Keep the Undertaker Away

Rick Charlton

February 9th, 2002

Put away the coffins.

With their playoff hopes flashing before their eyes, their souls moving towards the light, the Calgary Flames came back to life last night in Vancouver, rallying with two goals in the third period to beat the NHL's hottest team 4-3.

A Vancouver sweep of the weekend series would have put the Flames 10 points behind the Canucks and eight in arrears of Edmonton and LA for the final playoff spot in the Western Conference.

But the Flames weren't about to go quietly.

With the Canucks up 3-2 entering the third period, the prospects of the remainder of this season being anything more than a two month sleigh ride onto the golf course, the Flames took the play to Vancouver, outhitting the home team 38-21 on the night and call-up Jason Botterill capping the comeback with a rare power play goal at 10:05 of the third period.

From there, it was Calgary starter Roman Turek nailing the Vancouver coffin shut with 15 third period saves.

Even more interesting than the final result might have been the continual leapfrogging of Jarome Iginla and Markus Naslund for the NHL scoring title. The two went head to head much of the night and both emerged with a goal and an assist and in a tie atop the NHL scoring heap with 61 points, although Iginla is officially up on Naslund due to a greater number of goals.

The victory left Calgary at 23-23-8-2 on the season for 56 points, trailing all of LA, Edmonton and Vancouver tied for the sixth, seventh and eighth playoff spots with 62 points.

Vancouver had entered the game 8-0-1 in its last nine.

Ronald Petrovicky, who was supposed to be playing for Slovakia at the Olympics earlier in the day, ended a 35 game goal less streak with his fourth of the season at 12:01 of the first on a terrific feed from Dave Lowry.

The Canucks tied the score at 17:31 on a four on two break when Brent Sopel continued his remarkable season by blowing a slapper through Turek's five hole.

But Calgary came right back, benefiting on a blatant offside that wasn't called when Derek Morris retrieved a loose buck at the Calgary line, threw it low to Iginla who then found a wide-open Marc Savard at 19:05.

The Canucks took over the second period, running rough shod over the Flames and taking the lead on goals by Naslund and Todd Bertuzzi.

Iginla and then Botterill, the latter with a disputed high stick deflection of a Bob Boughner point shot on the power play, put the game out of reach for the Canucks in the third period.

Peter Skudra stopped 25 of 29 Calgary shots.

Flames were two for four on the power play while Vancouver scored once in four chances with the man advantage.

The game was a sellout with 18,422 in attendance.

Next up is a road game in Phoenix, another must win game. Although every game now is a must win situation for Calgary.





Calgary Flames 4
Vancouver Canucks 3

Box Score


Wright Conroy Iginla
Botterill Savard Hentunen
Lowry Wilm Petrovicky
Allison Shantz Nichol
Morris Regehr
Gauthier Boughner
Lydman Kravchuk


1) Jarome Iginla - double shifted for 26:03 of ice time and two points on the night. 

2) Todd Bertuzzi - dangerous all night with a goal and an assist.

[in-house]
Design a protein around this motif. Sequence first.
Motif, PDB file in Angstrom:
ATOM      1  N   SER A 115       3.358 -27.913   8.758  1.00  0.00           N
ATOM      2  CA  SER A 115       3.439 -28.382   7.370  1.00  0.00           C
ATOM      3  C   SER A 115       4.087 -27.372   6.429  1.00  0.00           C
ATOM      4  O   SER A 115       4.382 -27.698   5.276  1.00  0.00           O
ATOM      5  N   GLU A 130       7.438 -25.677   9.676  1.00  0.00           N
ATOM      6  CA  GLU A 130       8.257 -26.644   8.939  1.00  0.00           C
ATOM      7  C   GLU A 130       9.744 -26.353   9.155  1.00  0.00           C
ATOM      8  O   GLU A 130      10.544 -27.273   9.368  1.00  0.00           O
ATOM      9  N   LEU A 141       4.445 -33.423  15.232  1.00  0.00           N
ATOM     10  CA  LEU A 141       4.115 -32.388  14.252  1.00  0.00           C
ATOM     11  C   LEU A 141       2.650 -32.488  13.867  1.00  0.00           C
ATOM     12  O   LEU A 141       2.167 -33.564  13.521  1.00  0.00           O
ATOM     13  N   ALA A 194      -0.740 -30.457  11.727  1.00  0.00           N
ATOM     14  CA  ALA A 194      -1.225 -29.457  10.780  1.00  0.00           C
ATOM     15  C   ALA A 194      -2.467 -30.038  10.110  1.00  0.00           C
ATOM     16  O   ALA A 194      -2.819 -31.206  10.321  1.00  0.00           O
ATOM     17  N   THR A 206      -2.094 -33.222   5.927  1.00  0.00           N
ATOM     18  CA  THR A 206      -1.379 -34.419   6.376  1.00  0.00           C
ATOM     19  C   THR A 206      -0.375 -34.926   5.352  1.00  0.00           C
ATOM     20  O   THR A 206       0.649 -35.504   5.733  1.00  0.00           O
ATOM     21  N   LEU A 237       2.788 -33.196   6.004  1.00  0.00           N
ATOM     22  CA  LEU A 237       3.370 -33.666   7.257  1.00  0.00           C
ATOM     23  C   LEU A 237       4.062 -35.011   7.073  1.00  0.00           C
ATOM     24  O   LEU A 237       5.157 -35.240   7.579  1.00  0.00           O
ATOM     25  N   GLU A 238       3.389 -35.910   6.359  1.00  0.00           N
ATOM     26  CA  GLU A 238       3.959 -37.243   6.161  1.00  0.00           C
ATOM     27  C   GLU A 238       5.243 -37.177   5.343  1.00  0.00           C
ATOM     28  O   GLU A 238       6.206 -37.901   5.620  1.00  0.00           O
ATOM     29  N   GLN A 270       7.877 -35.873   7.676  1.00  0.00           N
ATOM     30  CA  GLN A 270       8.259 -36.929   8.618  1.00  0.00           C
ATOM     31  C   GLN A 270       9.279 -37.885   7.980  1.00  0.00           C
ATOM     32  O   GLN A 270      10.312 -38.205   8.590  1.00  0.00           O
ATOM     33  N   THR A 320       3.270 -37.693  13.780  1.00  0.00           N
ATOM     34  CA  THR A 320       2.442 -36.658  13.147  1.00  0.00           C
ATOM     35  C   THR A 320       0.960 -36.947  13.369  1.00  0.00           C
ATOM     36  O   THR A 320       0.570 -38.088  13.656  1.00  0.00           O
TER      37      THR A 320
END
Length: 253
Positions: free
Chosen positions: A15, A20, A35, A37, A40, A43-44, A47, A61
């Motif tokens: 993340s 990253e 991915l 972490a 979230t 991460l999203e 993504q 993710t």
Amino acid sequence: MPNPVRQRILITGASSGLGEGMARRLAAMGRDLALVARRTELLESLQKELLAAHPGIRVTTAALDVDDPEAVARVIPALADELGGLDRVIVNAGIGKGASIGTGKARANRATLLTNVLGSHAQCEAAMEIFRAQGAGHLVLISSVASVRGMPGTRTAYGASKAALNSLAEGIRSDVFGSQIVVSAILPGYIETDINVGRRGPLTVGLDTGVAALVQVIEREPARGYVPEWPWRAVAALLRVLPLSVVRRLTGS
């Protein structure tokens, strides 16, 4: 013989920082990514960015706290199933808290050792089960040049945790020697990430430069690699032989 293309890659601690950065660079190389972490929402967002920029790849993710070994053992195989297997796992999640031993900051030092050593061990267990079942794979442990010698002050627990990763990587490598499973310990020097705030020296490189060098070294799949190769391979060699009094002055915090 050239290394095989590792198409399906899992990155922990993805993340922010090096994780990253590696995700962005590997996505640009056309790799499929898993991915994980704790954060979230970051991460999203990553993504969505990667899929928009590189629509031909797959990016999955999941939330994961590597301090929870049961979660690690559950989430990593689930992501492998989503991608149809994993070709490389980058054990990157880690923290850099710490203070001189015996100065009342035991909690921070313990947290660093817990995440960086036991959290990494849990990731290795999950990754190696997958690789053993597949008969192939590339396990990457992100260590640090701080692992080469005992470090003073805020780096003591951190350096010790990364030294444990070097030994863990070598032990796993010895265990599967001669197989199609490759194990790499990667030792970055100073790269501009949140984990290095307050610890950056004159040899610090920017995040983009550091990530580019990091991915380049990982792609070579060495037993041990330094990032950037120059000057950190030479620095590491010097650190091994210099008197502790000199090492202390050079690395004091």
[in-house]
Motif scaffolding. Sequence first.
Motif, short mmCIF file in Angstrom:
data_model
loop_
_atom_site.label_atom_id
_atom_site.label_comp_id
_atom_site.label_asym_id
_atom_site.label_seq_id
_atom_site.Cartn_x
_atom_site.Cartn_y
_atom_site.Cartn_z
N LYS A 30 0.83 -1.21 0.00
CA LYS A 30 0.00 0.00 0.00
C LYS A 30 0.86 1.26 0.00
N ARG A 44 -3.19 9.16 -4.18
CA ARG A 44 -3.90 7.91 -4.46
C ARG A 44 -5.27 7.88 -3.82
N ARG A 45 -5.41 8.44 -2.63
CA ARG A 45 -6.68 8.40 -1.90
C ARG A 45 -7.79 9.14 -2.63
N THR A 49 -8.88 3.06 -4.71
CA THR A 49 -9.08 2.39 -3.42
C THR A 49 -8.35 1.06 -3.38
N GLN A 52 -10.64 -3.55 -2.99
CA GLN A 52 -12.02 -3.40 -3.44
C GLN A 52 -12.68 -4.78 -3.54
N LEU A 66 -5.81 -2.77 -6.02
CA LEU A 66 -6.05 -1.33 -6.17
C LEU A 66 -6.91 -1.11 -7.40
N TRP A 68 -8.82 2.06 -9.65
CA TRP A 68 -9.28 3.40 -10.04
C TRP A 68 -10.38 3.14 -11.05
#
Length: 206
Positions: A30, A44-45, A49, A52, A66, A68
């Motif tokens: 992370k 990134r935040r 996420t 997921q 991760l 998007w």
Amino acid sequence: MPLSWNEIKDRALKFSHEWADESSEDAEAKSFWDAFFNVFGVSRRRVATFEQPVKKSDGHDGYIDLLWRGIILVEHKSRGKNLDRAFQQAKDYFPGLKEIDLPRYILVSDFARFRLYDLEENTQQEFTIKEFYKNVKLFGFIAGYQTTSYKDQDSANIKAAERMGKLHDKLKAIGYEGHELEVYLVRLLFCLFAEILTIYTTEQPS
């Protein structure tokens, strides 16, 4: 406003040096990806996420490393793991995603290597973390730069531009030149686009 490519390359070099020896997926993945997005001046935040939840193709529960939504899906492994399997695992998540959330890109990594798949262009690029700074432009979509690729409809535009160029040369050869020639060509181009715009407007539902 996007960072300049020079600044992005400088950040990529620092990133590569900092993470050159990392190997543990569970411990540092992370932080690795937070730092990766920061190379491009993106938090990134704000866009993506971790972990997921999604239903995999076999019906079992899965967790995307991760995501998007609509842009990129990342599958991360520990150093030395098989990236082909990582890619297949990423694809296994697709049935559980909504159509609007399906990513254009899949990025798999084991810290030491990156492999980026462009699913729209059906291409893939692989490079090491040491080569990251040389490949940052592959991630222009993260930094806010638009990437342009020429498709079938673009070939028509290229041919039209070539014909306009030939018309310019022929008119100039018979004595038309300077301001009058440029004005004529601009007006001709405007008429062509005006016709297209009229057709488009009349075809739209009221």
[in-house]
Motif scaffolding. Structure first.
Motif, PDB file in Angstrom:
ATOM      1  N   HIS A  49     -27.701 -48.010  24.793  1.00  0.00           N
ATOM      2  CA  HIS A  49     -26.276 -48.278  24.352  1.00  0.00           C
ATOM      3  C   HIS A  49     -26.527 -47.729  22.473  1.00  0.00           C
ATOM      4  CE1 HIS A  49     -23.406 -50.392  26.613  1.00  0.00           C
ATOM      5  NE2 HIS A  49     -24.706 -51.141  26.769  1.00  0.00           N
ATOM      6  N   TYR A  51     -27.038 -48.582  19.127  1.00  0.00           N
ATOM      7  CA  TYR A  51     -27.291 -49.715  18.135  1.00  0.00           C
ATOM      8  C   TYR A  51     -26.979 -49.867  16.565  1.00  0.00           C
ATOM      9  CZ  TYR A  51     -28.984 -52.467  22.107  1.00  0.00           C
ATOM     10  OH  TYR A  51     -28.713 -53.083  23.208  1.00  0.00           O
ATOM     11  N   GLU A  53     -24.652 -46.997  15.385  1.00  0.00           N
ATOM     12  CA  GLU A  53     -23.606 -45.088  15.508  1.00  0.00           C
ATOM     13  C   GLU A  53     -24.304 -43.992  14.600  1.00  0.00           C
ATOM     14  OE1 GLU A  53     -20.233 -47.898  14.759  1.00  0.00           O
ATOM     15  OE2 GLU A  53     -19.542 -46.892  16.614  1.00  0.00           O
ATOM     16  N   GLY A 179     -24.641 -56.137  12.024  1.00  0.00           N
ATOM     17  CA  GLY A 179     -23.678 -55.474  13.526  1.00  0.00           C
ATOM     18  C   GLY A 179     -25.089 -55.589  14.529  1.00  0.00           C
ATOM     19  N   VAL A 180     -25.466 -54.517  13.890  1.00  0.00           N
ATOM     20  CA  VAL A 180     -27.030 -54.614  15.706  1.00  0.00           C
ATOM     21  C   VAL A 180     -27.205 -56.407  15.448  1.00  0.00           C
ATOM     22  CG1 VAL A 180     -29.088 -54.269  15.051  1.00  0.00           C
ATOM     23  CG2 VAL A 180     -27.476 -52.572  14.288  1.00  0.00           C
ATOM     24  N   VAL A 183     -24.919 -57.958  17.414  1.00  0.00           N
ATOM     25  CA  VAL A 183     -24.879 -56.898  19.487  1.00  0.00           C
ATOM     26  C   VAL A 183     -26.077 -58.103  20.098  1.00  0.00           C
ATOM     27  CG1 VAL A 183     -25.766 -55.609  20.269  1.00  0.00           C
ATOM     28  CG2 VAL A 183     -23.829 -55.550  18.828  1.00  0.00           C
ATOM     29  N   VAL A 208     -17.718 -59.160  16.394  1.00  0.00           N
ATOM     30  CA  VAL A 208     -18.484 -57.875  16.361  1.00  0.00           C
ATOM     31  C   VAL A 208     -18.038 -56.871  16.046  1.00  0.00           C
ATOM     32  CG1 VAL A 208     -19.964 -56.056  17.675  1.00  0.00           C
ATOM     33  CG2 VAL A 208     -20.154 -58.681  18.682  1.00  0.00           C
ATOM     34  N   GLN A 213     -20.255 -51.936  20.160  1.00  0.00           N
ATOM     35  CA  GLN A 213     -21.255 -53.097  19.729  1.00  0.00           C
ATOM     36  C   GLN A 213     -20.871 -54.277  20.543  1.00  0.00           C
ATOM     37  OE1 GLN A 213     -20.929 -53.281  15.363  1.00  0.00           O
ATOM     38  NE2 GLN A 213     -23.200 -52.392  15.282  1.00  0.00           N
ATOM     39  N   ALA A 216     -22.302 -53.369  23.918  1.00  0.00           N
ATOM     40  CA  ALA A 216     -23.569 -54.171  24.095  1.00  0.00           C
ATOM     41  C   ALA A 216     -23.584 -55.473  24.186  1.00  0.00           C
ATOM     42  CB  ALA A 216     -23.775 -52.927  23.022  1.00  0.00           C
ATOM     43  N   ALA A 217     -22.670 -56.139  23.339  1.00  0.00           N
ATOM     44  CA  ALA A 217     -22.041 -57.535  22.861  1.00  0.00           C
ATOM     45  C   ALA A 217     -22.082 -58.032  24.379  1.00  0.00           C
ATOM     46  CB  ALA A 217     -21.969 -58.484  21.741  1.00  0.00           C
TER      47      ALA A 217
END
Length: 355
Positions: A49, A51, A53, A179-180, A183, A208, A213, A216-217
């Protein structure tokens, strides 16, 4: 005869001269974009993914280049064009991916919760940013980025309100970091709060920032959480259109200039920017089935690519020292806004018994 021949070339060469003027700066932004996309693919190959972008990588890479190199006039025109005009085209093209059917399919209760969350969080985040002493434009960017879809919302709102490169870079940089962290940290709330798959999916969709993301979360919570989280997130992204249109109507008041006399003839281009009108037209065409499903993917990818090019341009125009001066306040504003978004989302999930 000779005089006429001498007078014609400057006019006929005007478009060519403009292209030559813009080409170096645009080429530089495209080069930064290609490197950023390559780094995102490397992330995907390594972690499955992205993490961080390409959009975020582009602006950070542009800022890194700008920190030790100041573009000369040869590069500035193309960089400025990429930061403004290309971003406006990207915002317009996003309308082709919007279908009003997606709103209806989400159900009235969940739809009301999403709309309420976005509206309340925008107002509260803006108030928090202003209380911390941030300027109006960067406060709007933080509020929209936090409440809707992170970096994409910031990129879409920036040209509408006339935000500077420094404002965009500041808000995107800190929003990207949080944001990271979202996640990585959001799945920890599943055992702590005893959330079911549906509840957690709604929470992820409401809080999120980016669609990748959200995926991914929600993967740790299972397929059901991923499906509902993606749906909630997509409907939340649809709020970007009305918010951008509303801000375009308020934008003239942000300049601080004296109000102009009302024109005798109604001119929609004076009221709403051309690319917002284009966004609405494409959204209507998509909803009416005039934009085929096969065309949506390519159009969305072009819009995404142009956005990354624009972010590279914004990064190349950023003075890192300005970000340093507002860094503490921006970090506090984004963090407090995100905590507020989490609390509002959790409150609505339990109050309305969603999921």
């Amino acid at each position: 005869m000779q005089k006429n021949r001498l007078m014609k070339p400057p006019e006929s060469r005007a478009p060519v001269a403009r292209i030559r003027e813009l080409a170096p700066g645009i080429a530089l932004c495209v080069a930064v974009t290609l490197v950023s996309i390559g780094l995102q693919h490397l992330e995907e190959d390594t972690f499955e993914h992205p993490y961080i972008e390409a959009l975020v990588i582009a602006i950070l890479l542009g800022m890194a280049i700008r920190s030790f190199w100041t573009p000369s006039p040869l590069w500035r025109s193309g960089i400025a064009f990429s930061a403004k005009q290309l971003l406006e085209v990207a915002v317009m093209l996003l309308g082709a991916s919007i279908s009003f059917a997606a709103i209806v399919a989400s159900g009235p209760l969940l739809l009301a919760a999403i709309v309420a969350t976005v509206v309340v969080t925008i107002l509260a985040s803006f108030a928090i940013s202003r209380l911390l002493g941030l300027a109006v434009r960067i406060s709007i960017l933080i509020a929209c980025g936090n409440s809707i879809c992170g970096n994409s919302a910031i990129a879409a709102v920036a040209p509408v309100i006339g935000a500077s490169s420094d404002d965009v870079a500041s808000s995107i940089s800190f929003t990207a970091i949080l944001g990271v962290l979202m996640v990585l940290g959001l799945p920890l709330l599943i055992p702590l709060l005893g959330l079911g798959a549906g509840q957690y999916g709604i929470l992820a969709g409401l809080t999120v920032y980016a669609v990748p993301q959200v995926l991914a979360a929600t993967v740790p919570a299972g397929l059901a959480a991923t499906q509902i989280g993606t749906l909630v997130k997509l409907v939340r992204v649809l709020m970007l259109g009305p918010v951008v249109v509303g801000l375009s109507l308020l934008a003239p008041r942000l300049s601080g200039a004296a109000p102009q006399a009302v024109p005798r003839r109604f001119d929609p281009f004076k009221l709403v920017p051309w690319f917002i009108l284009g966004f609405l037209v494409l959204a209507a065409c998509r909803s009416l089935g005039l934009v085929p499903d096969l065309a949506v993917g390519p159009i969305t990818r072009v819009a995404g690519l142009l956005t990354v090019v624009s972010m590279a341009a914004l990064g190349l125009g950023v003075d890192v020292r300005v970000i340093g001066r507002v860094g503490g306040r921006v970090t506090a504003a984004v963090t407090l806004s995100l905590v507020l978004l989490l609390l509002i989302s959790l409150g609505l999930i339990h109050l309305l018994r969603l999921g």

3) Roman Turek - a little weak on the first Canuck goal but made the big saves when he had to in the third period.


Yipes. Tie game, 12 minutes to go and Bertuzzi, the league's hottest scorer the last 16 games, was allowed to bear down on Turek on a breakaway. But the Flames netminder stood his ground and Botterill scored to give the Flames the win only minutes later.


Denis Gauthier had been struggling the last few games but he flattened a charging Bertuzzi with a crushing check midway through the third.


Slovakia GM Peter Stastny told CBC's Olympic coverage that he found out at midnight the night before that Ronald Petrovicky, a player he had been counting on to put in three games for the body-starved Slovaks, would be needed by the Flames against Vancouver. Stastny was seriously cheesed although, given the Flames injury situation, any forward with a pulse would have been pressed into service . . . . . . Even more amusing than watching the NHL point race this night, was witnessing the plus minus of both Iginla and Naslund rise and fall as each took turns scoring while the other was on the ice. Maybe the respective coaches didn't find it as funny as I did. . . . . . "If they'd find a little scoring punch, they'd be fine." Understatement of the night from Vancouver broadcaster John Shorthouse when asked his opinion of the Flames. . . . . . . . Oddity of the night - the Flames were outhitting the Canucks 30-12 by the end of the second period and finished with a 38-21 advantage, probably their best night in that regard in two months. . . . . . . Savard was a minus two last night and saw less ice time as the game progressed. . . . . . Bob Boughner led the Flames, as a Captain should, with seven hits. Matt Cooke was credited with five hits for the Canucks. . . . .Flames were 47% in the faceoff circle while Jarome Iginla, quietly putting up some of the best faceoff numbers in the NHL, was 66% in the circle. Trevor Linden was 56% for the Canucks . . . . . .Iginla's 26:03 in ice time led the Flames although we would note that Denis Gauthier appeared to re-emerge from coach Greg Gilbert's doghouse by returning to a normal 21:53. Robyn Regehr took his place with 8:43 in ice time, about one-third his normal allotment. Ed Jovanovski led the Canucks with 25:43 in ice time.



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